In the end, the trial court made this factual finding about the abuse: “[T]he alleged abuse did not actually take place, . . . the allegations of sexual abuse and physical abuse are not true.” The trial court concluded that it was necessary to suspend all parenting time for Mother, even supervised visitation, “until . . . Mother submits a plan of therapy which will provide her with the skills necessary to allow her to conform to the Court’s orders.” Thus, the trial court returned custody of Son to Father and terminated Mother’s parenting time with Son “until a proper petition is filed.”
On Appeal: The Court of Appeals affirmed the trial court.
A decision to suspend all contact between a parent and child is not a decision to be made lightly. The stakes of an erroneous decision are high. On one hand, if any type of contact with the parent would in fact be emotionally injurious to the child, then a court order requiring such contact may have profound consequences to the child’s well-being. On the other hand, eliminating any contact between parent and child whatsoever “has the practical effect of terminating the parent-child relationship,” and carries with it profound consequences to both the parent and the child.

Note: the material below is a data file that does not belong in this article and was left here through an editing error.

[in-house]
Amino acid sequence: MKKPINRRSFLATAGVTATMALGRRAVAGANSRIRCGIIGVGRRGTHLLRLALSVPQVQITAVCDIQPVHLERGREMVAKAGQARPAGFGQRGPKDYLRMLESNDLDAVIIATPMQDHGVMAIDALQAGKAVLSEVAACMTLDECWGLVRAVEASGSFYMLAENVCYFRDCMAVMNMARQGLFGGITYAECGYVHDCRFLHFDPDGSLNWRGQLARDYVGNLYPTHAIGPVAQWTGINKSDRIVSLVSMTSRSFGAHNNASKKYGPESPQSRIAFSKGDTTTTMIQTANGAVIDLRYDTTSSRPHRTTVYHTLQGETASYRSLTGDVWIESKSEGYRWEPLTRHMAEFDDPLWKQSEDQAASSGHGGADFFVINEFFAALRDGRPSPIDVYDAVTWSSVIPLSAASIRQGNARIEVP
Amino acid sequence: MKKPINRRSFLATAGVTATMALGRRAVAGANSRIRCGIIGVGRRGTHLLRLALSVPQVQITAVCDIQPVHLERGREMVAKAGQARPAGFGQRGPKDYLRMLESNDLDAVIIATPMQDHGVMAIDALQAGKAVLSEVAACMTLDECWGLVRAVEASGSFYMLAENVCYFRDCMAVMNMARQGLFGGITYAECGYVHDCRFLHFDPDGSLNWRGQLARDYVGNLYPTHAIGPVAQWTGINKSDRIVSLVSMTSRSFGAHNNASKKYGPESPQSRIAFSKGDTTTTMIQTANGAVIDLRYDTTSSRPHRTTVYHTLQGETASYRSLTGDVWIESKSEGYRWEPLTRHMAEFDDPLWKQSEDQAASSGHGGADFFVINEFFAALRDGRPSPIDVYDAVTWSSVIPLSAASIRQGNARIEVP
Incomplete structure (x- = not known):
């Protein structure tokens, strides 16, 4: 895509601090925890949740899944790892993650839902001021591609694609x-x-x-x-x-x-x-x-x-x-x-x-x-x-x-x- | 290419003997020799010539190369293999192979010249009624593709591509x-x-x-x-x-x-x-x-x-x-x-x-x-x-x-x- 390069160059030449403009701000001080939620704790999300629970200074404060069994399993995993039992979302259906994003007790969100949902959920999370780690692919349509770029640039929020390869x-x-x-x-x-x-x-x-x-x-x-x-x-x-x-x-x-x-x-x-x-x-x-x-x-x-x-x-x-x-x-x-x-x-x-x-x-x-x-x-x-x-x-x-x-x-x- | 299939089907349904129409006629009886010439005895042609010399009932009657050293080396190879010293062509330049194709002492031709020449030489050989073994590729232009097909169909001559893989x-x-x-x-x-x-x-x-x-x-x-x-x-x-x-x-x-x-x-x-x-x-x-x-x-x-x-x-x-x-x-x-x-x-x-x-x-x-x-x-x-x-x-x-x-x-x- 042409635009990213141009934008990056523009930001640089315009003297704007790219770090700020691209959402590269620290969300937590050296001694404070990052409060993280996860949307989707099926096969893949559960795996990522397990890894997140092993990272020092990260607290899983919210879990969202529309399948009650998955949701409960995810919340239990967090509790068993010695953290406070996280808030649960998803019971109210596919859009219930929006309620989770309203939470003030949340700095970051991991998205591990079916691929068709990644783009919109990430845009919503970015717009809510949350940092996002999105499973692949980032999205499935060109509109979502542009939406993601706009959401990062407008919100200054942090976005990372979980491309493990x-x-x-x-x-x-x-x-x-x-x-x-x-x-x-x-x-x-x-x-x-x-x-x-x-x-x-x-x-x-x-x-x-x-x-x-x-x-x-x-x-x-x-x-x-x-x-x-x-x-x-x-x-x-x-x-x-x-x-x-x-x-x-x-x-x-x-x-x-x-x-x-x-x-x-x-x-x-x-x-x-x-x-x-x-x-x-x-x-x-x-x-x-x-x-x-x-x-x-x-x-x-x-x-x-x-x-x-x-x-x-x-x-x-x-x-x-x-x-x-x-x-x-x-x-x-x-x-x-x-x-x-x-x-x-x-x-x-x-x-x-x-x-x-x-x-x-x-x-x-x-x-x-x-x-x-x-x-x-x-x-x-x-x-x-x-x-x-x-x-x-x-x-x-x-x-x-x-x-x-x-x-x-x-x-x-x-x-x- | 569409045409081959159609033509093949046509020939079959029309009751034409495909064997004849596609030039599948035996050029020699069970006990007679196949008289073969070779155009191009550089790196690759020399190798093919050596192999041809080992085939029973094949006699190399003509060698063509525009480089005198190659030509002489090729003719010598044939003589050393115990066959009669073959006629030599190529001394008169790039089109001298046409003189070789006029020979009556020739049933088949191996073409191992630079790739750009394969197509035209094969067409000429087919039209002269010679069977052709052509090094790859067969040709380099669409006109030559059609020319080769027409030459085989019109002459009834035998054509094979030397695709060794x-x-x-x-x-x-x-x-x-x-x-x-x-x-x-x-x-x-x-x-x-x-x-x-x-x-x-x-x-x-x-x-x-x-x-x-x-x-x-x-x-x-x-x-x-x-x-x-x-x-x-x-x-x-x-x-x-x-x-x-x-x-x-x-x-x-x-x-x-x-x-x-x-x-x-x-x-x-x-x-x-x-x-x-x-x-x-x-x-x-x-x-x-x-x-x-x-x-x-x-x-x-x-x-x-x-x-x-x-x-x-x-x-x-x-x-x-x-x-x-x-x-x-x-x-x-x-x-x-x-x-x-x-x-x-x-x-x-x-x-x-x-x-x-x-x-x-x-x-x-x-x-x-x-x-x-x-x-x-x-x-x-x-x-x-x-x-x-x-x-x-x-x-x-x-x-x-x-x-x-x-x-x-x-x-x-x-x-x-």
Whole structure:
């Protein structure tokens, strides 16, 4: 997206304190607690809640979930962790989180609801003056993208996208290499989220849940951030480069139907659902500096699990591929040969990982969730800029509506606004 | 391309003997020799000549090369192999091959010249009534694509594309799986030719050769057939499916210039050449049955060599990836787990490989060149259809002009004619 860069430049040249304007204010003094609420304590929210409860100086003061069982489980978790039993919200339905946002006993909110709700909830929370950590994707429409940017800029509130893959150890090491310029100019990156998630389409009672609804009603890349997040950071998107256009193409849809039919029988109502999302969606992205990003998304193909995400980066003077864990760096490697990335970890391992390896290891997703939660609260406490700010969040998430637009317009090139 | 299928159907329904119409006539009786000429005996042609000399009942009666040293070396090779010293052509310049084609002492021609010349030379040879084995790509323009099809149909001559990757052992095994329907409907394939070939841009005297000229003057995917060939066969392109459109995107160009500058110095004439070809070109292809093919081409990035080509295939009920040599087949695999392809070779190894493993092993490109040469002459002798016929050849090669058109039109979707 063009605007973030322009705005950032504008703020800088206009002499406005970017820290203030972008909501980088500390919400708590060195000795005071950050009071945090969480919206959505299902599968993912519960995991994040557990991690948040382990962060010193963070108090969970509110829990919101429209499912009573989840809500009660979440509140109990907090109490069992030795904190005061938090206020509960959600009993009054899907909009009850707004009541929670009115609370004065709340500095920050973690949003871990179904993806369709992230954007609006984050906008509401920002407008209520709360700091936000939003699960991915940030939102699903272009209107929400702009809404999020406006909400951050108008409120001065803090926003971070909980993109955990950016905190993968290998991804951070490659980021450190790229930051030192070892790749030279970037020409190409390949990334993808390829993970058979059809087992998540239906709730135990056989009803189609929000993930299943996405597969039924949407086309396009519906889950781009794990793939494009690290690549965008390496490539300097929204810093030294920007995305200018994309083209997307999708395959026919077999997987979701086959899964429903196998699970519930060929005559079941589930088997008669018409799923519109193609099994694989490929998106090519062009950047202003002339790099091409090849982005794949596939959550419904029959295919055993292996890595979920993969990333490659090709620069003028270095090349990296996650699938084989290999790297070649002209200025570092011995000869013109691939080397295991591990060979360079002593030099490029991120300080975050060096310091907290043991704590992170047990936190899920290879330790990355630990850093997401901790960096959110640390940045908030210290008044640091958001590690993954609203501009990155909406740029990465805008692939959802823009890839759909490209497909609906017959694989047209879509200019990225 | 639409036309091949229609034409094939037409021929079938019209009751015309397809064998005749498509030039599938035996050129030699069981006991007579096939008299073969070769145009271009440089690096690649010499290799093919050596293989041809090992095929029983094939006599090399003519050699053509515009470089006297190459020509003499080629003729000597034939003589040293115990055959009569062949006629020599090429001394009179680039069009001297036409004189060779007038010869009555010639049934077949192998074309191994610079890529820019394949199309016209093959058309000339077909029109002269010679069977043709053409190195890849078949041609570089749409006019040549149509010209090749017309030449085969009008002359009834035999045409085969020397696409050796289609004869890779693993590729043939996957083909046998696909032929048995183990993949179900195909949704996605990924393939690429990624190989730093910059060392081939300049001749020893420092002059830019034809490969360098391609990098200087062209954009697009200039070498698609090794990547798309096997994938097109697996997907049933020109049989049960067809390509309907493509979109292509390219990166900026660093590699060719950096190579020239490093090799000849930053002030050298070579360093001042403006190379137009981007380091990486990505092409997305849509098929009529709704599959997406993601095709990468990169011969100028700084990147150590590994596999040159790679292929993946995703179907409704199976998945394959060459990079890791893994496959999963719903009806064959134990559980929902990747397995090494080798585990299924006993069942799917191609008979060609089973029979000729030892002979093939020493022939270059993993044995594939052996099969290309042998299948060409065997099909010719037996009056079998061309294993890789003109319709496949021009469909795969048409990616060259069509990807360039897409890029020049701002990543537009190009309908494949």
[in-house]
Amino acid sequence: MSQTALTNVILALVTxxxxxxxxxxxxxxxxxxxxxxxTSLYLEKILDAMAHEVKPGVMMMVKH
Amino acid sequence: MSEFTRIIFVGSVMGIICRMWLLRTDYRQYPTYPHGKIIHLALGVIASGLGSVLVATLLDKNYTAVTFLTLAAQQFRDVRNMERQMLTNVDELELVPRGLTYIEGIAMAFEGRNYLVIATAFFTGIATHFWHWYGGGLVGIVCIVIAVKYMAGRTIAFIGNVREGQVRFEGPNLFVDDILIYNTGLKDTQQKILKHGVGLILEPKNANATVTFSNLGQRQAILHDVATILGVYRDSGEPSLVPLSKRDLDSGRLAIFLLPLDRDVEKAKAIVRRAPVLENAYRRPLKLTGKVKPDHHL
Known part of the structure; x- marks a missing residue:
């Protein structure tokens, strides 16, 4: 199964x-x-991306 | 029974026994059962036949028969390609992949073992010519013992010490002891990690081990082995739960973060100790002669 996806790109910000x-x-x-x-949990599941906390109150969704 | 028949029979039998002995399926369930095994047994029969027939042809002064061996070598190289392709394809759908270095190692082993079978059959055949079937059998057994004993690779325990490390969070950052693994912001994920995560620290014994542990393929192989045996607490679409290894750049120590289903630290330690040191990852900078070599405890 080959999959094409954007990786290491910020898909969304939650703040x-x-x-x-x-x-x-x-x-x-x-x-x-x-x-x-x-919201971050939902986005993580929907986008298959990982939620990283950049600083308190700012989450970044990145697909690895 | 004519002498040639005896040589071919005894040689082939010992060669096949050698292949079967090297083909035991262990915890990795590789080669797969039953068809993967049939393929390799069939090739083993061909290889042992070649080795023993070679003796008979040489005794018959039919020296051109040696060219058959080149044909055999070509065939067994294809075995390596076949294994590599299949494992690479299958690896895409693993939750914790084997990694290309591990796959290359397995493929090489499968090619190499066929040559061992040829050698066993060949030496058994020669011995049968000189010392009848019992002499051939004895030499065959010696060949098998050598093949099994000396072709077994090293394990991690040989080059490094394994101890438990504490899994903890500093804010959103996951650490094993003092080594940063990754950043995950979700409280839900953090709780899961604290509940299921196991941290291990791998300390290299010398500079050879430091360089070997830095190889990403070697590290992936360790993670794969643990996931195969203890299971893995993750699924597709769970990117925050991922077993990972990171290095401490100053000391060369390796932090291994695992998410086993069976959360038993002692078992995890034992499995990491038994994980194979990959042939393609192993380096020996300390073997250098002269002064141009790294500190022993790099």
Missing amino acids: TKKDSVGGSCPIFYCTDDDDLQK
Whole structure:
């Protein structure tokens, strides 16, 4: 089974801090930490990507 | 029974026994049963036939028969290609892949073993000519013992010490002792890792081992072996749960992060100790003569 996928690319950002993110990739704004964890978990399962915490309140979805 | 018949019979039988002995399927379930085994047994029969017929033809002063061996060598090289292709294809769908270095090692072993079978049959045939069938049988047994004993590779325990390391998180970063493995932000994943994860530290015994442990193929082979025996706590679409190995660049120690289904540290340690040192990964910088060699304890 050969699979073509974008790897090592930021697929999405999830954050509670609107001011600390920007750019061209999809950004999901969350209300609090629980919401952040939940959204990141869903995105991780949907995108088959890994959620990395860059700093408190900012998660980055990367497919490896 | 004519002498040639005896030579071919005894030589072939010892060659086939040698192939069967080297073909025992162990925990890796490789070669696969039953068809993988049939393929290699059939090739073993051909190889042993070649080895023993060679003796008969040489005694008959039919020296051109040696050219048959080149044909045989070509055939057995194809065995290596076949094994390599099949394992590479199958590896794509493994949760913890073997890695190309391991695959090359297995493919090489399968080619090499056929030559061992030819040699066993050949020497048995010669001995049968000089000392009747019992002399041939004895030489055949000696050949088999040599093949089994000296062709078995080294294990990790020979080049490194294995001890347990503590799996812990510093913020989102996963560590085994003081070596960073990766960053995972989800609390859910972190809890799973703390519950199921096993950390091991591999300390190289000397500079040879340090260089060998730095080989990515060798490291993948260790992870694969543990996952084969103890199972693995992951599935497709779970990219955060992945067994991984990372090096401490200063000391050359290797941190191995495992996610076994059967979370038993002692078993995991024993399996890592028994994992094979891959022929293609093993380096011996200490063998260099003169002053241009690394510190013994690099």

Accordingly, there is a specific process the trial court must follow when limiting, suspending or terminating visitation. First, the trial court must make a specific finding, based on definite evidence, that visitation would cause harm to the child. After making this finding, the trial court must then determine the least restrictive visitation plan as available and practical. In determining the least restrictive visitation plan, the trial court must make specific findings, based on definite evidence, that any less restrictive visitation would be harmful to the child. The burden of proof on both the issue of harm and the least restrictive visitation plan is on the party seeking to restrict visitation. These evidentiary standards have effectively created a presumption against severely circumscribing or denying visitation to non-custodial parents.
After reviewing the record, the Court concluded: